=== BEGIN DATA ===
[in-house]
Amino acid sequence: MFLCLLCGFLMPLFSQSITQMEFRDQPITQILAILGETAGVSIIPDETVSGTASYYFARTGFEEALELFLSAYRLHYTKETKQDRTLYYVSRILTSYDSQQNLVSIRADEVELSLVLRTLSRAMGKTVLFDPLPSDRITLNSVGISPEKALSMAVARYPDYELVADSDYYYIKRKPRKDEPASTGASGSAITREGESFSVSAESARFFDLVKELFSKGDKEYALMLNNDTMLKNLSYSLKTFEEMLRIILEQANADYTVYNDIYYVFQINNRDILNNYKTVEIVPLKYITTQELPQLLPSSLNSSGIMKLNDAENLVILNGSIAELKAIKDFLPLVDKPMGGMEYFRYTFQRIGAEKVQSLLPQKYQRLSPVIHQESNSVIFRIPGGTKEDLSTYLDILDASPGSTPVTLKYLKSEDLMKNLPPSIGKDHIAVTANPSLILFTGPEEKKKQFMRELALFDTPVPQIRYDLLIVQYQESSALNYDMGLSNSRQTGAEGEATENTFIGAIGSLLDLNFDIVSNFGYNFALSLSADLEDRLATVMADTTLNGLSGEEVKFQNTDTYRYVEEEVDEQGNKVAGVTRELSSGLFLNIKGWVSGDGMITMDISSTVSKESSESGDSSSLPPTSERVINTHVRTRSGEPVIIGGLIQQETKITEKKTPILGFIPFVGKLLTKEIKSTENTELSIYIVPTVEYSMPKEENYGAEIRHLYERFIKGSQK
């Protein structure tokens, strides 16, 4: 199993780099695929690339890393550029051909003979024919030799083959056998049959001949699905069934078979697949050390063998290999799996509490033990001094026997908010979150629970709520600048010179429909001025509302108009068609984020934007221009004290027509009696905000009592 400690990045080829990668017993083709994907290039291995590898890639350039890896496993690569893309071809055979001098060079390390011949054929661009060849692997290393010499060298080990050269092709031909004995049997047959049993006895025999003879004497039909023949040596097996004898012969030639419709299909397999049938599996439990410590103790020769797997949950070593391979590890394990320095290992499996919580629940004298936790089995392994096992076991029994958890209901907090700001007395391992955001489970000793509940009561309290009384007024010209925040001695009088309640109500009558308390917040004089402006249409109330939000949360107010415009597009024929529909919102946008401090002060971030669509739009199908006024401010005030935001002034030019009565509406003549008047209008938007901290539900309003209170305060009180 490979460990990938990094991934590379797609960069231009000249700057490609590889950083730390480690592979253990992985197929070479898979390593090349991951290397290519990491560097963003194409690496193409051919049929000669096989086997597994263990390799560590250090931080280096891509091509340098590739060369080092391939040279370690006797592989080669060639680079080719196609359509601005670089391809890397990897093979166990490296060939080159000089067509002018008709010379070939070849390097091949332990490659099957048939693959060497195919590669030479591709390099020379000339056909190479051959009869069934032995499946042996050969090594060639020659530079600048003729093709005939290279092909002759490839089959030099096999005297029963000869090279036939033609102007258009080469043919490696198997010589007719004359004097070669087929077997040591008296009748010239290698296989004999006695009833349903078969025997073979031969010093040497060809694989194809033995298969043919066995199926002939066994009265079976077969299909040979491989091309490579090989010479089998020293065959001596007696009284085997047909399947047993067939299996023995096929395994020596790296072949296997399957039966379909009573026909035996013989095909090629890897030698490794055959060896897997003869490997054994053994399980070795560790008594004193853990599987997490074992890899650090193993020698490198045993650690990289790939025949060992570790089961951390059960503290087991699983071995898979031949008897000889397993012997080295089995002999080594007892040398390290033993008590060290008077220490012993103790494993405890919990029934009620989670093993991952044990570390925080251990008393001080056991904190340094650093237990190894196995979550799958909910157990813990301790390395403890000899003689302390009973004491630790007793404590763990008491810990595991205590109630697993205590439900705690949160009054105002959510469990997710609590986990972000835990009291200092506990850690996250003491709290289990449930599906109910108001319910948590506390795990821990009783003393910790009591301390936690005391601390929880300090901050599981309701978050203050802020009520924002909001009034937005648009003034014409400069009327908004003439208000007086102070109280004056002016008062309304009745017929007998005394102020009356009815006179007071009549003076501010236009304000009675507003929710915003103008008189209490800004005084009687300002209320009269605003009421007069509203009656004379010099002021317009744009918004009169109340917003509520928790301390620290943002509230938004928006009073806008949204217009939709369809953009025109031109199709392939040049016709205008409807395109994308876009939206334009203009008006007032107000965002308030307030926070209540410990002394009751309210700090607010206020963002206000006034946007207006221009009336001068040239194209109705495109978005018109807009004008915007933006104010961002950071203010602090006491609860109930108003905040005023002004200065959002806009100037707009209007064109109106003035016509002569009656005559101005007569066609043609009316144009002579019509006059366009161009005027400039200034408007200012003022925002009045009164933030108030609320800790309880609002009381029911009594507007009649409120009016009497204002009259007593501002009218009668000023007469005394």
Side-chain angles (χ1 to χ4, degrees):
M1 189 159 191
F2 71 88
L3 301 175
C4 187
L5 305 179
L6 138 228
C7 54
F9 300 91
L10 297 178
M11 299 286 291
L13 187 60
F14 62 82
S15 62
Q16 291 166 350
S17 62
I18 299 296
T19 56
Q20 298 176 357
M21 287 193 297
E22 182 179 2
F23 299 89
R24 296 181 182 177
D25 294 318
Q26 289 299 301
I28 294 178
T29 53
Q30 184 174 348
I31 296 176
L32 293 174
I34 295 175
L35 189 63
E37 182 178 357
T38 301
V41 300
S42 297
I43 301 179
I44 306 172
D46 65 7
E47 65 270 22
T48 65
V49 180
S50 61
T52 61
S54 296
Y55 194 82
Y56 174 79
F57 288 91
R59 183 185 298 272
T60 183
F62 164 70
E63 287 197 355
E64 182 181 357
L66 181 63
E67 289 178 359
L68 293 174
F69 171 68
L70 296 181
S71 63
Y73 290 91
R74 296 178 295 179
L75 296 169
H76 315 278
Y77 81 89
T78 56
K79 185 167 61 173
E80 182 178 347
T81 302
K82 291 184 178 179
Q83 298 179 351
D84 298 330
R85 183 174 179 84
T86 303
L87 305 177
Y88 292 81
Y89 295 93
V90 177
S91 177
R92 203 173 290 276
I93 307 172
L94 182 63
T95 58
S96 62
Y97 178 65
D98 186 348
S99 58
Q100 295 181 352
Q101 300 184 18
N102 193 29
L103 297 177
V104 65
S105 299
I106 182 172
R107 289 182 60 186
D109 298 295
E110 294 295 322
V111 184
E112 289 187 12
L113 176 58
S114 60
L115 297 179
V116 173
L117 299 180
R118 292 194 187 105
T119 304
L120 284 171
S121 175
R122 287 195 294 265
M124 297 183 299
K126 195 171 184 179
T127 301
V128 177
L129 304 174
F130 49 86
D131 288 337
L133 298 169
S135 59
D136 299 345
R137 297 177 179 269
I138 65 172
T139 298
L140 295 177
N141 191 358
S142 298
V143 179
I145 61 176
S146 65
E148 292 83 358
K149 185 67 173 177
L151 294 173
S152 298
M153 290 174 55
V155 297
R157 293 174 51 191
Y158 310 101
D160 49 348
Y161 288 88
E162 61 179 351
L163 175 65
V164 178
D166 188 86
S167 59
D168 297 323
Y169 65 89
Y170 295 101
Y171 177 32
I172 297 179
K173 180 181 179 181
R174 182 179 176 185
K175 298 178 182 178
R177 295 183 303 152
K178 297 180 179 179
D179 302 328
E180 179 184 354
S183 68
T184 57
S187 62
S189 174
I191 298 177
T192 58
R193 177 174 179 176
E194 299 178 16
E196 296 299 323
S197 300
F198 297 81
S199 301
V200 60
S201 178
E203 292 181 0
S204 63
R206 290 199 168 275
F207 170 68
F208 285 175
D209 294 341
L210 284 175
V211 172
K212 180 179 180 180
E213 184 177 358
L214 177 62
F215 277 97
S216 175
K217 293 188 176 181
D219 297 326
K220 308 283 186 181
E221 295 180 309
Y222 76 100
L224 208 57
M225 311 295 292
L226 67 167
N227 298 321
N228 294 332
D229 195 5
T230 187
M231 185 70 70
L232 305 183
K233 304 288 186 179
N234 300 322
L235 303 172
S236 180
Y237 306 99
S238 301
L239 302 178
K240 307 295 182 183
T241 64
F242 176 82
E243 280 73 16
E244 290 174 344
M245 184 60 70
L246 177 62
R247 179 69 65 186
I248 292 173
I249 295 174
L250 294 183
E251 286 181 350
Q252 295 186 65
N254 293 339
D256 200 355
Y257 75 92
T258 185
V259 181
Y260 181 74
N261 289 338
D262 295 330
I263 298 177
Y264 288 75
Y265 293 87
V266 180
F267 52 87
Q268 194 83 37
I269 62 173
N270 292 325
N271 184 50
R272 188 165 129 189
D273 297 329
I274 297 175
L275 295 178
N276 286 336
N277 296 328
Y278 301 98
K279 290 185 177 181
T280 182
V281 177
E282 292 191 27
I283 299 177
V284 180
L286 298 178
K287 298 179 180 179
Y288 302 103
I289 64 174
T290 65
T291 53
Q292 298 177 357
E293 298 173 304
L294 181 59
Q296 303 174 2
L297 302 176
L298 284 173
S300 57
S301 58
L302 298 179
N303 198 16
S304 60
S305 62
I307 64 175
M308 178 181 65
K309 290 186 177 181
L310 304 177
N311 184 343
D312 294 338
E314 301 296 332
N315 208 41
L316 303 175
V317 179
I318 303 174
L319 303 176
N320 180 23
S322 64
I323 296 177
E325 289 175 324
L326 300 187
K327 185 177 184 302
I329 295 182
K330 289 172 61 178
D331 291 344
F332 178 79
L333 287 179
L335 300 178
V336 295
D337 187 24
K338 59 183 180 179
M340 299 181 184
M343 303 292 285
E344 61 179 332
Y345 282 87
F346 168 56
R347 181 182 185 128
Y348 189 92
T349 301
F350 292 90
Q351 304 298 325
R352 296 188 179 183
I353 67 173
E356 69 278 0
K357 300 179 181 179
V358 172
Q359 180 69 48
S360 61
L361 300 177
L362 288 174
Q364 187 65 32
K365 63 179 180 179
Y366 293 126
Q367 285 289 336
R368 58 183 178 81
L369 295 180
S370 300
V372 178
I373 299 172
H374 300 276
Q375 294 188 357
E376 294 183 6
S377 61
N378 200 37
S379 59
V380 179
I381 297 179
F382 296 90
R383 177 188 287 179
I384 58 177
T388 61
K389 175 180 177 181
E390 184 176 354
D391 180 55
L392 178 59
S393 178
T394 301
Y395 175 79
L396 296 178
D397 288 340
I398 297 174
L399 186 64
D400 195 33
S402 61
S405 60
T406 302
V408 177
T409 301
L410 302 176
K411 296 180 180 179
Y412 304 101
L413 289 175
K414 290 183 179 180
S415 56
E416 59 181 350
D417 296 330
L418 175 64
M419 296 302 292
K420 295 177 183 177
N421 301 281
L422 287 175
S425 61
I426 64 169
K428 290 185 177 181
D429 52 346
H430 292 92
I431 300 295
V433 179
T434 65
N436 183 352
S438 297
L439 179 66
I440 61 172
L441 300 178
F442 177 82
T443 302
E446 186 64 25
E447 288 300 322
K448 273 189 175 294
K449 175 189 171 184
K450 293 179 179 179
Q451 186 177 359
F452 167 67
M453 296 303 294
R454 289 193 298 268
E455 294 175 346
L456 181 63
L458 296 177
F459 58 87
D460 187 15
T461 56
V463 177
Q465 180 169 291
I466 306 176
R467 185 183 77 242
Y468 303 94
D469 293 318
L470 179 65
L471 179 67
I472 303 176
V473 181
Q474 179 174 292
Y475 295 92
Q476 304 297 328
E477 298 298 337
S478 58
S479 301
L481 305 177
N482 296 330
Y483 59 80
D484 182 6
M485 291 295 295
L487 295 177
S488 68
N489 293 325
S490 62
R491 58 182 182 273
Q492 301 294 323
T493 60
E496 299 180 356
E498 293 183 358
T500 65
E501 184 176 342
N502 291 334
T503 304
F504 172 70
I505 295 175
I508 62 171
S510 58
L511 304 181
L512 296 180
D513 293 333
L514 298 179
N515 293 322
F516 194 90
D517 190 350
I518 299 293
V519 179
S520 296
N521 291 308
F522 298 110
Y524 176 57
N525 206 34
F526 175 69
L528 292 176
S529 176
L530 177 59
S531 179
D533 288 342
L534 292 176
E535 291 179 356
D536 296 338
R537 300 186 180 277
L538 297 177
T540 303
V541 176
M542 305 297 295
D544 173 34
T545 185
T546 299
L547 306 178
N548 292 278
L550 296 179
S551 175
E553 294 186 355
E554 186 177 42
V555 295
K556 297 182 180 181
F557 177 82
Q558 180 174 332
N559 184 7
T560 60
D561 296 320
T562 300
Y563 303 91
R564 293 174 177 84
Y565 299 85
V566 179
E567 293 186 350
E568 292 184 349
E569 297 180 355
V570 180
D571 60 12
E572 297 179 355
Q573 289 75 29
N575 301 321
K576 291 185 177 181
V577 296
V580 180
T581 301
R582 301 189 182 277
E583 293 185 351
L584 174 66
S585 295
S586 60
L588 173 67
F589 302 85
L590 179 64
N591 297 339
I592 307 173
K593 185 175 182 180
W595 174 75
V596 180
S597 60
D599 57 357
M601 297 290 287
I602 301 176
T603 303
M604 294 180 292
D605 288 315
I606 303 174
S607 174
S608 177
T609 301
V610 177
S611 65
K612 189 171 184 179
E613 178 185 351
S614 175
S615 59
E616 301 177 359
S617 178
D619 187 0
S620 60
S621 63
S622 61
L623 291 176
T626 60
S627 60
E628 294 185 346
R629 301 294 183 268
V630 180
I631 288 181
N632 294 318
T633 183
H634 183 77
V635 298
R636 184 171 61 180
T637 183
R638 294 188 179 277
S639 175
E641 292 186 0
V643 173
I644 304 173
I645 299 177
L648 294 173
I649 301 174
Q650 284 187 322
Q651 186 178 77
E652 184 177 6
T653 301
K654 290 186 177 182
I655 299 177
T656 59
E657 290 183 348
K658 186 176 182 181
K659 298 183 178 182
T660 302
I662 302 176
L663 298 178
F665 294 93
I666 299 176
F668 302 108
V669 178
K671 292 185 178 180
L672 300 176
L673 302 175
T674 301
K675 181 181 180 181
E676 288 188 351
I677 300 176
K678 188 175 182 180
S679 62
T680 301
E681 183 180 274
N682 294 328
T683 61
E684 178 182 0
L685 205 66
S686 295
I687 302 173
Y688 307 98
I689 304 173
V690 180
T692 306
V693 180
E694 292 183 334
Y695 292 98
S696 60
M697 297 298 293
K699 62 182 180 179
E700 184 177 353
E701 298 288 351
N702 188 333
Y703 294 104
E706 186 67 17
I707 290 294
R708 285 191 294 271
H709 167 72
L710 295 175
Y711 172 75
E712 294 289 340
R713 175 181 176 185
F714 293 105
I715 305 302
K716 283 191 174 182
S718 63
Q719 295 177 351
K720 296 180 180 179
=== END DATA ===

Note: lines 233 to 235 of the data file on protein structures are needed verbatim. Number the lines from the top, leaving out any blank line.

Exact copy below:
I269 62 173
N270 292 325
N271 184 50